Wednesday, March 13, 2013

Spending some time with the herd & hay

The cows enjoying their lunch
 I haven't spent any time talking about the cows recently; they're alive and well and eating to beat the band.  The picture above is the feeding area, which is floored with plastic pallets, which keeps the hay up off the ground and means that most of the hay goes into the cows mouth, which is always good.  I'm looking foward to seeing more grass growth before I turn the herd loose on it, and it's starting to grow in earnest now. 
Smells great; like late summer
 This particular batch of hay is orchard grass, and it's pretty good quality.  It's fine and consistent, no seed heads or stems, and absolutely dry.  You can spend an awful lot on hay if you want to; this same hay, baled in small square bales and purchased retail, runs between $16 and $17 a bale around here; figure $350 a ton, which I consider pretty steep. 
2600lbs of hay being put on the trailer
 I buy all of my commodities in as big a quantity and package as I can.  In this case, I buy the hay in 1300lb big square bales.  I park the trailer near the feeding area and just take flakes off the bales to feed the cows.  I've been thinking my cows need some more nutrition, so I've been giving them some alafalfa (lucerne to you european readers) as well as the grass hay.  Purchased in large bales, the hay or alfalfa run $200/ton, picked up at the farm.  It's a 4 hour round trip, and takes $100 in fuel, so my delivered cost for 6.5 tons of hay is about $1400, a little more than 1 cow sells for at auction; call it 1.2 cows worth of hay.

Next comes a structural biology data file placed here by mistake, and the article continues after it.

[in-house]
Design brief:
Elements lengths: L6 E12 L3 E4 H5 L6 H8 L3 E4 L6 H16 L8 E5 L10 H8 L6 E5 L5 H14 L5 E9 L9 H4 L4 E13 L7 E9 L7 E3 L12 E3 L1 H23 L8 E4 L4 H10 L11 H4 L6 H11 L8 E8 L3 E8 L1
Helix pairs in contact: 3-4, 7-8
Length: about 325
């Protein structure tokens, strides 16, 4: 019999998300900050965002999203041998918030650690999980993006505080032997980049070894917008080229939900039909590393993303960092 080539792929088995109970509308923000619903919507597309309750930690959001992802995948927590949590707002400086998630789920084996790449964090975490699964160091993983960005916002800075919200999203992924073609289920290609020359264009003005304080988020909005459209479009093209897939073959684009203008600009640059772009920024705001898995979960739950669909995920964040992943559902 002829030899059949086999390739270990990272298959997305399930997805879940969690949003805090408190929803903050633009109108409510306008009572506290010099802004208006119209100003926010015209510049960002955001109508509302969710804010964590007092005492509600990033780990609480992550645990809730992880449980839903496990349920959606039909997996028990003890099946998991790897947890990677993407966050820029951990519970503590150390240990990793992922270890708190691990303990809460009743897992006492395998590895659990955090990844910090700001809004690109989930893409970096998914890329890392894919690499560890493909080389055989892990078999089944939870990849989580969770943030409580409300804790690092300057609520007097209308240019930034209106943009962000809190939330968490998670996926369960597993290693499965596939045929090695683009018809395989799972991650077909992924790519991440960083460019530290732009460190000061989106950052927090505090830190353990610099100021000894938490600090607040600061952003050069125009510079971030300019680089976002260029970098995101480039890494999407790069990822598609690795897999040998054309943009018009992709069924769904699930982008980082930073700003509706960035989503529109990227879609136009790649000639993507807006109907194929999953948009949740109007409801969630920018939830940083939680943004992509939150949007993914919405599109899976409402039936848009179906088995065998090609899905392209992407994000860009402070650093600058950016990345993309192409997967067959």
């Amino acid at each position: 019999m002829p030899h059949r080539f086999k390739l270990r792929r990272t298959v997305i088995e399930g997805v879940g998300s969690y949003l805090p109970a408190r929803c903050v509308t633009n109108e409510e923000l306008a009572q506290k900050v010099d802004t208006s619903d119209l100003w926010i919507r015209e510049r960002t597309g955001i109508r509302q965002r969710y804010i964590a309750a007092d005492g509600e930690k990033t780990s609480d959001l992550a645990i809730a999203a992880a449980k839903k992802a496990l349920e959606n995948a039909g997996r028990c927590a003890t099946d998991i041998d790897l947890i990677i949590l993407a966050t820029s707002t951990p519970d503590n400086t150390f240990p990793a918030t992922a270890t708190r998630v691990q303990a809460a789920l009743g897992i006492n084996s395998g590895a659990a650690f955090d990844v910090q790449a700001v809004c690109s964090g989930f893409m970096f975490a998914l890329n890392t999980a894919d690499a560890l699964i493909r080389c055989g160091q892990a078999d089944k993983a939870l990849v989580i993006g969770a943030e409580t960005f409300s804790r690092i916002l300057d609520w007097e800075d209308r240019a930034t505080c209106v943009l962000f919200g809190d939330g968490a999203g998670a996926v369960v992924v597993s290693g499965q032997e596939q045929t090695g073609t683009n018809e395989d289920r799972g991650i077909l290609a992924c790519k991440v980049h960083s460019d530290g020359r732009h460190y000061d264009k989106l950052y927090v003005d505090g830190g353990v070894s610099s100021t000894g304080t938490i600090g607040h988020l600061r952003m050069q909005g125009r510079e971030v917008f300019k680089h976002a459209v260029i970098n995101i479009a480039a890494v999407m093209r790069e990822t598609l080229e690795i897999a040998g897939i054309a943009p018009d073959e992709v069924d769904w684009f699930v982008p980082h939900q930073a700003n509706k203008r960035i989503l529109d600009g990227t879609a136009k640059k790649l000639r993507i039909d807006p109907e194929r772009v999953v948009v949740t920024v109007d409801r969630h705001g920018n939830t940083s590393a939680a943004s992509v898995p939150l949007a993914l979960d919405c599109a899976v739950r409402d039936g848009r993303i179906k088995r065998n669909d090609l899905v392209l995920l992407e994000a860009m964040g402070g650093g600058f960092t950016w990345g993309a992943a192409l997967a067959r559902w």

When I buy hay I always look at it prior to pickup.  Quality varies, and conditions vary, and I look for signs of mold or dust, weeds, or anything other than straight, good quality forage.  This load looked great. 
I have to be careful on feeding alfala to the cows; they do love it, but the danger is that they'll stuff themselves on it and founder -- alfalfa is cow candy.  Don't want them to get a stomach ache.  So I usually put the alfalfa down first, and then grass hay on top of it.  they fill themselves with the grass and then top off with alfala. 


George said...

Dang that is some pricey orchard grass on the west coast !!! Our farm in MD sells organic round bales of alfalfa/orchard grass mix for $170/Ton. Has hay been this high in recent years in Washington?

Bruce King said...

The prices quoted are for small square bales at the local feed store, retail. They'll give you a little bit of a break if you buy a ton, or a truckload, but not much.

This is for eastern washington hay, which locals consider to be higher quality than western washington. Has to do with different field conditions; eastern washington is mostly irrigated fields, and gets a lot more sun and heat than Western Washington. When they want to hay they turn off the irrigation. Western Washington has very few windows you can hay in, and you see a lot of really stemmy first cutting, and some fairly good second cutting, occasionally third cutting...

It's pretty common to get 4 cuttings a year in eastern washington, so you'd think that the hay would be cheaper, but a lot of it goes out of the country. Seattle is a huge shipping town, so all the stuff we buy from china comes into the country in containers, and the containers are shipped back full of hay. We sell a lot of hay to japan and taiwan. Keeps the price up.